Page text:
Supermarkets are still failing to tackle the problem of foreign-based suppliers who exploit their workers.
More from the article:
Just before Christmas, War on Want exposed the appalling conditions in Bangladeshi garment factories producing clothes for discount retailers Asda, Primark and Tesco. The companies threw up their hands and pledged to address the issue with all the urgency it deserves.
Now, six months on, Guardian reporter Karen McVeigh has gone back to see whether all the hand-wringing made any difference to the reality of life for workers on the ground in Bangladesh. Sadly, if all too predictably, her story in today's paper makes clear that the horrific conditions still persist.
Comment: Sweatshops would not exist where people make their own clothes in a commune setting. They wouldn't be paid, per se, for their work. They wouldn't charge for the clothing they make for the community. They would simply live. They would eat the food grown by others who wear the clothes made for the community. They would live in the housing made by the community (members) for the community. There would be no money needed for anything. There would be no taxes, no mortgages, no insurance premiums, no bills, and no financial debts. Everyone would help to the best of his or her abilities. Everyone would be looked after to the best of the whole community's ability.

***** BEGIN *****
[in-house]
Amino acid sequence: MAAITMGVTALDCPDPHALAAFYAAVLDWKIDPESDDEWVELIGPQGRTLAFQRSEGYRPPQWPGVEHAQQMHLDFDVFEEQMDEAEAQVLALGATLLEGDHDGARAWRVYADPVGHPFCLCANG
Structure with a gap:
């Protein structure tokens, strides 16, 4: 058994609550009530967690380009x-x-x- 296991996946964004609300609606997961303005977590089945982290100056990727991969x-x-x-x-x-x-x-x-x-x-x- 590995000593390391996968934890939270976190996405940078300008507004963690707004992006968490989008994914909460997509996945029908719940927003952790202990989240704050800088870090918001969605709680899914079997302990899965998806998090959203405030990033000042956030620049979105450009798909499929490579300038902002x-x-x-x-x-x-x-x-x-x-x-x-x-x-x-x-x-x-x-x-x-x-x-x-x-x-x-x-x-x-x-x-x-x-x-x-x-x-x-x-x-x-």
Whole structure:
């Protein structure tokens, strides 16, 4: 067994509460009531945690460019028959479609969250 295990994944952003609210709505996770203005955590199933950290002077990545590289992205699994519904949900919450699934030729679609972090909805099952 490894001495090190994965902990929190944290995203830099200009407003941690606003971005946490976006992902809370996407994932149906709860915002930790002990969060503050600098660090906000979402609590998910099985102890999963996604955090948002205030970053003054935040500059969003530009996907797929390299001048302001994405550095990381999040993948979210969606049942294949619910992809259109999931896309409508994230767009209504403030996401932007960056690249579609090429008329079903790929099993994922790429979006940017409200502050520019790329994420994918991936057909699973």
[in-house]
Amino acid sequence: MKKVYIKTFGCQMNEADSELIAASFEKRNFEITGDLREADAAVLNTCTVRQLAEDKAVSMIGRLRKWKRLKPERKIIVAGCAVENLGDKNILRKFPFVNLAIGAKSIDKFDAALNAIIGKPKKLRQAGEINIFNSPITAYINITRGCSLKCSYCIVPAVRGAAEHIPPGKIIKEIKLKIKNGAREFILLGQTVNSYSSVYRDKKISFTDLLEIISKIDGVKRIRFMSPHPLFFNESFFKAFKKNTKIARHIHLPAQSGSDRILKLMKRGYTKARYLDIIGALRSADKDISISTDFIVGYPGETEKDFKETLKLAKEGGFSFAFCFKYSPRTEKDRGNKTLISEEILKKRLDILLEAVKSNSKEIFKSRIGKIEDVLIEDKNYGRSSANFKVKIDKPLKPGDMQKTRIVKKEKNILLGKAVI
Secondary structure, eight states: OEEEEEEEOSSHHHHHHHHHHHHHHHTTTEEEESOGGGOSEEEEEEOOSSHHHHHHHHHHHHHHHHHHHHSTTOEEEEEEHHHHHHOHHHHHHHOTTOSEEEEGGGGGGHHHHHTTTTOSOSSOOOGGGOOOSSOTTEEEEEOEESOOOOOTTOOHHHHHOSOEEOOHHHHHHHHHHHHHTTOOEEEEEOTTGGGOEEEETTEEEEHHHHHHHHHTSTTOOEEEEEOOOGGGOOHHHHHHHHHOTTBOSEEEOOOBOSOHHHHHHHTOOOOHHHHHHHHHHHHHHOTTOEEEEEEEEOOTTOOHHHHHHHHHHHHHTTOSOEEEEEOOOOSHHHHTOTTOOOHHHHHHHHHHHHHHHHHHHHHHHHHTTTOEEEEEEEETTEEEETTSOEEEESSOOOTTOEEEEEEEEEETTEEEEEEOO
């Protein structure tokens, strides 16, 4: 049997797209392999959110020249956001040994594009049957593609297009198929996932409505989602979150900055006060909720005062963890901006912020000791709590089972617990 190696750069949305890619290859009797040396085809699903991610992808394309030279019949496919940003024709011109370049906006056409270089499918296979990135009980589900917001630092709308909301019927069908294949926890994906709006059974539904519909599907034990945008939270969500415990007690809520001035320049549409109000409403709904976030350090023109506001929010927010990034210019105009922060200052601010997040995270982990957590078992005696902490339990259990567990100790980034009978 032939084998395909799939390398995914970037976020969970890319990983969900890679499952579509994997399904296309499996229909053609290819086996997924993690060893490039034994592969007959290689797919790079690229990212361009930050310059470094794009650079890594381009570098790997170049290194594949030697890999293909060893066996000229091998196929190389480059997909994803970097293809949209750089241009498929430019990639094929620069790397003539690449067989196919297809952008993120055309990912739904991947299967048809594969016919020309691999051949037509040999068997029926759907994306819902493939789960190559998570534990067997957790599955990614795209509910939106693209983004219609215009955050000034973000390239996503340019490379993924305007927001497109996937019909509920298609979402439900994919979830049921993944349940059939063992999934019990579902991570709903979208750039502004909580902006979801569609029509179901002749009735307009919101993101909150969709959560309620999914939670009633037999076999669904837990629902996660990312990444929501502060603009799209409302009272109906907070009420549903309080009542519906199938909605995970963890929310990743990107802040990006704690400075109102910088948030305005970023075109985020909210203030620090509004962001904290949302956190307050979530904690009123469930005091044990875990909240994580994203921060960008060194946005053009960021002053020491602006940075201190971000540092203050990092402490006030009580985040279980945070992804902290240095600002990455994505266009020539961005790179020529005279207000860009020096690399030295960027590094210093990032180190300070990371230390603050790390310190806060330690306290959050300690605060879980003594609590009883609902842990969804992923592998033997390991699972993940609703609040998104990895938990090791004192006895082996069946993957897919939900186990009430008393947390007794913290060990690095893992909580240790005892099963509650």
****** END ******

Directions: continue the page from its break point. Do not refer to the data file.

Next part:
Why fight to reform a dead system? Start with a correct foundation. Start wit giving and sharing. Start with communal ownership where everyone owns everything. Start with non-violence and non-coercion. Start with real, unselfish love. Start with no sexual predation. Start with the Golden Rule, the Great Commandment, the Second Great Commandment, the New Commandment (they are all the same rule). Then, keep it that way in your heart so that your actions are always consistently headed in the right direction.
recent articles | ukwatch.net on July 16, 2007, 12:40pmby eddie from